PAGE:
WASHINGTON — The farm bill signed by President Obama last month was at first glance the usual boon for soybean growers, catfish farmers and their ilk. But closer examination reveals that the nation’s agriculture policy is increasingly more whole grain than white bread.

Within the bill is a significant shift in the types of farmers who are now benefiting from taxpayer dollars, reflecting a decade of changing eating habits and cultural dispositions among American consumers. Organic farmers, fruit growers and hemp producers all did well in the new bill. An emphasis on locally grown, healthful foods appeals to a broad base of their constituents, members of both major parties said.

“There is nothing hotter than farm to table,” said Representative Bill Huizenga, a Michigan Republican from a district of vast cherry orchards.

While traditional commodities subsidies were cut by more than 30 percent to $23 billion over 10 years, funding for fruits and vegetables and organic programs increased by more than 50 percent over the same period, to about $3 billion.

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Texas Students, Schools and Districts to Benefit from New Law on School Breakfast

AUSTIN, TEXAS—As schools across the country commemorate National School Breakfast Week, Texas public schools are actively working to provide school breakfast to more students in need thanks to a new law passed in 2013.

Breakfast for all is a win-win for students and schools. Studies show that students who are well fed participate more in class and earn higher grades, and because schools are reimbursed based on the number of meals served, higher student participation means more money for the program. This week, the Center for Public Policy Priorities released “Making Breakfast Big in Texas,” a resource for anyone interested in ways that Texas schools can serve breakfast to all their students while maximizing revenue.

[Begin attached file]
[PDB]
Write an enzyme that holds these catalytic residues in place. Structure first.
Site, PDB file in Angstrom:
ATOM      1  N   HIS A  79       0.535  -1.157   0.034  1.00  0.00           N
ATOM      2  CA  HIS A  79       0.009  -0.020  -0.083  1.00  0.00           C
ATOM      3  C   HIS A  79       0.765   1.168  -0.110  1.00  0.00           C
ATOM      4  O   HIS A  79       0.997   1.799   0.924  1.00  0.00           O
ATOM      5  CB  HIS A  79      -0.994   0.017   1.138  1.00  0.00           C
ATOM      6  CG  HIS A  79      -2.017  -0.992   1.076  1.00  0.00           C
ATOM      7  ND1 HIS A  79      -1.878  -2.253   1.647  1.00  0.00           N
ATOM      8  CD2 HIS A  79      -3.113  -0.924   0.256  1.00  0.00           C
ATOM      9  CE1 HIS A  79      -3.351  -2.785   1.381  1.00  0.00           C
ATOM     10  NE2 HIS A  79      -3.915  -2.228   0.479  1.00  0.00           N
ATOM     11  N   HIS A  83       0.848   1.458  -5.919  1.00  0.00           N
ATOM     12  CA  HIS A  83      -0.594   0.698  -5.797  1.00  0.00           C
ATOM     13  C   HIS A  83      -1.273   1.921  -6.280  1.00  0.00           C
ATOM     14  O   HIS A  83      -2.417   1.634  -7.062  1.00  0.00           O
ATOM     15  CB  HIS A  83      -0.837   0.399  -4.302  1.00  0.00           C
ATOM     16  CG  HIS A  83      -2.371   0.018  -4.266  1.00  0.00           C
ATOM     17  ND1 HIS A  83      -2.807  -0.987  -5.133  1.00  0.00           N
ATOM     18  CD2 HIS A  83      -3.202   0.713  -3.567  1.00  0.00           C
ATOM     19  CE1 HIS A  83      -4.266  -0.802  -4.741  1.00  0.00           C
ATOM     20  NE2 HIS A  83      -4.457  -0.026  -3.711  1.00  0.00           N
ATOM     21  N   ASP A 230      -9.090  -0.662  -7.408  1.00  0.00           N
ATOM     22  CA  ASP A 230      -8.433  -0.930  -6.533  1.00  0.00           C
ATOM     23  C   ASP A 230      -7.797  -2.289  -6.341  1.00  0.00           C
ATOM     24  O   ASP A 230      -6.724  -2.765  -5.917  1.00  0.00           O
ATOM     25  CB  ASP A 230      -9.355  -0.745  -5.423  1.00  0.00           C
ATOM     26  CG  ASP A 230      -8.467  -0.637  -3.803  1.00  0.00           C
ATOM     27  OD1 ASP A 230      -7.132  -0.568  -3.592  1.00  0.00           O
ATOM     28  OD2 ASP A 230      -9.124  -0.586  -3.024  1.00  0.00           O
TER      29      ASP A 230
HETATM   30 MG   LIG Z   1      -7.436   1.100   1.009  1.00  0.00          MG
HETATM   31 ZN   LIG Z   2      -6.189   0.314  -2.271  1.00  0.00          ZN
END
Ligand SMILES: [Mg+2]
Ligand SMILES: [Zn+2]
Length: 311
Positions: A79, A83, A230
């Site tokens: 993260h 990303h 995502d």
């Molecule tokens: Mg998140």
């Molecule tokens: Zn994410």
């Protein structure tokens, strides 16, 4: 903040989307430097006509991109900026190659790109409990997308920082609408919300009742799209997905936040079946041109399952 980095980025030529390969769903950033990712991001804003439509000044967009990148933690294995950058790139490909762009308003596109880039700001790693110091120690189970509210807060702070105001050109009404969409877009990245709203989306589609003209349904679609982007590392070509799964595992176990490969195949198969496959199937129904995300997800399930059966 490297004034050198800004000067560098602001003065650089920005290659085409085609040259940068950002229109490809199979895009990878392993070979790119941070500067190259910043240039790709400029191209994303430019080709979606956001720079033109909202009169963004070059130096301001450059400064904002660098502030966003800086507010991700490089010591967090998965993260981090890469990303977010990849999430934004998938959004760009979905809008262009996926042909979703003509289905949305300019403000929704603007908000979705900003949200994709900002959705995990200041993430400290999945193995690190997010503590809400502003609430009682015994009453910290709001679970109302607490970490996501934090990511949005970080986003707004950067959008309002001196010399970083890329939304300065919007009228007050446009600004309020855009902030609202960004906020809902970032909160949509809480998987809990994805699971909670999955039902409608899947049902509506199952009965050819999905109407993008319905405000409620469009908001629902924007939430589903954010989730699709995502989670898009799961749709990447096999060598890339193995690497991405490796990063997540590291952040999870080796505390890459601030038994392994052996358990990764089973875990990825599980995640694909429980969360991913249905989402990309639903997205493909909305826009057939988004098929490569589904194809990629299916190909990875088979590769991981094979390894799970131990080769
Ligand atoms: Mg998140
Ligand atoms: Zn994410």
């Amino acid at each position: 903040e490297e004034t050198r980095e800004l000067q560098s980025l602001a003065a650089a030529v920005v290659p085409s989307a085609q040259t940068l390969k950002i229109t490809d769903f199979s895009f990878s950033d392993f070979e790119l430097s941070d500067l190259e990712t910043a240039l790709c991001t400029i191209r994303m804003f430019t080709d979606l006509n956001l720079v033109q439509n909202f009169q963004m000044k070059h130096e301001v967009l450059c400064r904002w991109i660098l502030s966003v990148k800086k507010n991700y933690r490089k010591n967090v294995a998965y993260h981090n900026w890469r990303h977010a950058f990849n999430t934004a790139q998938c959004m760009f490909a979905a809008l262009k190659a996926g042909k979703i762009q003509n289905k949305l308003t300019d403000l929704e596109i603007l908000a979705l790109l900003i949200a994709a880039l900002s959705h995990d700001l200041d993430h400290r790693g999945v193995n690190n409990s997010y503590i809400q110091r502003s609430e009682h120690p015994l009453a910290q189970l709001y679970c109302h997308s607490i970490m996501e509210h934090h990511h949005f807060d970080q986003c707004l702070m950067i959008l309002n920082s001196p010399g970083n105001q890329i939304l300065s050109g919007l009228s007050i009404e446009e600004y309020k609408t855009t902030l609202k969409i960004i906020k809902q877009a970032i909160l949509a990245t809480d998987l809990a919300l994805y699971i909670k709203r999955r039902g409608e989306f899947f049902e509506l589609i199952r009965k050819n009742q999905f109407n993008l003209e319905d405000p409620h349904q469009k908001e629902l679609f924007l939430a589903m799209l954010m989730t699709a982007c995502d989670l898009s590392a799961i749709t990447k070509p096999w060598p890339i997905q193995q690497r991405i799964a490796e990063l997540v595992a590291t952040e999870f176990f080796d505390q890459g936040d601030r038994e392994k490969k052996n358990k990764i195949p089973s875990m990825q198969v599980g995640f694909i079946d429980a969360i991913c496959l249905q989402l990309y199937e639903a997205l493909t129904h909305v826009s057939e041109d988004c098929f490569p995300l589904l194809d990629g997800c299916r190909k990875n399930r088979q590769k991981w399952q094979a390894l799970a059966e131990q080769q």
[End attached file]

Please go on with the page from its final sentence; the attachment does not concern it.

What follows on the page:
“In Texas, one in five children is at risk of going hungry, and serving breakfast at school means more children can enjoy a healthy meal and be ready to learn, and parents who are struggling to make ends meet don’t have to worry that their child is going hungry until lunchtime,” said Rachel Cooper, senior policy analyst at the Center for Public Policy Priorities. “Serving breakfast is a win-win for everyone.”

A coalition of food and nutrition advocacy groups, including CPPP, the Texas Food Bank Network and Children at Risk, worked with lawmakers during the 2013 legislative session to pass the breakfast expansion bill. Senate Bill 376, authored by state Sen. Eddie Lucio Jr., gives schools with more than 80 percent of students who qualify for free and reduce priced lunch the opportunity to serve free breakfast to every student every day.  Groups are now working to answer questions and ensure school districts and administrators get the most out of the new law. “The implementation of SB 376 is essential in closing the gap of hungry children,” said Dr. Robert Sanborn, CEO of Children at Risk.

“Expanding school breakfast participation in Texas schools is a proven tool to reduce the risk of hunger and boost academic outcomes for hundreds of thousands of low-income students,” said Celia Cole, CEO of the Texas Food Bank Network. “We encourage every Texas school to take advantage of this opportunity to ensure every Texas child starts the school day nourished and ready to learn.”

The new law takes effect this fall. Visit for more resources.

“…schools are successfully meeting the new school meal standards, and participation is up in many areas of the country…we are seeing great progress in areas such as Dallas…”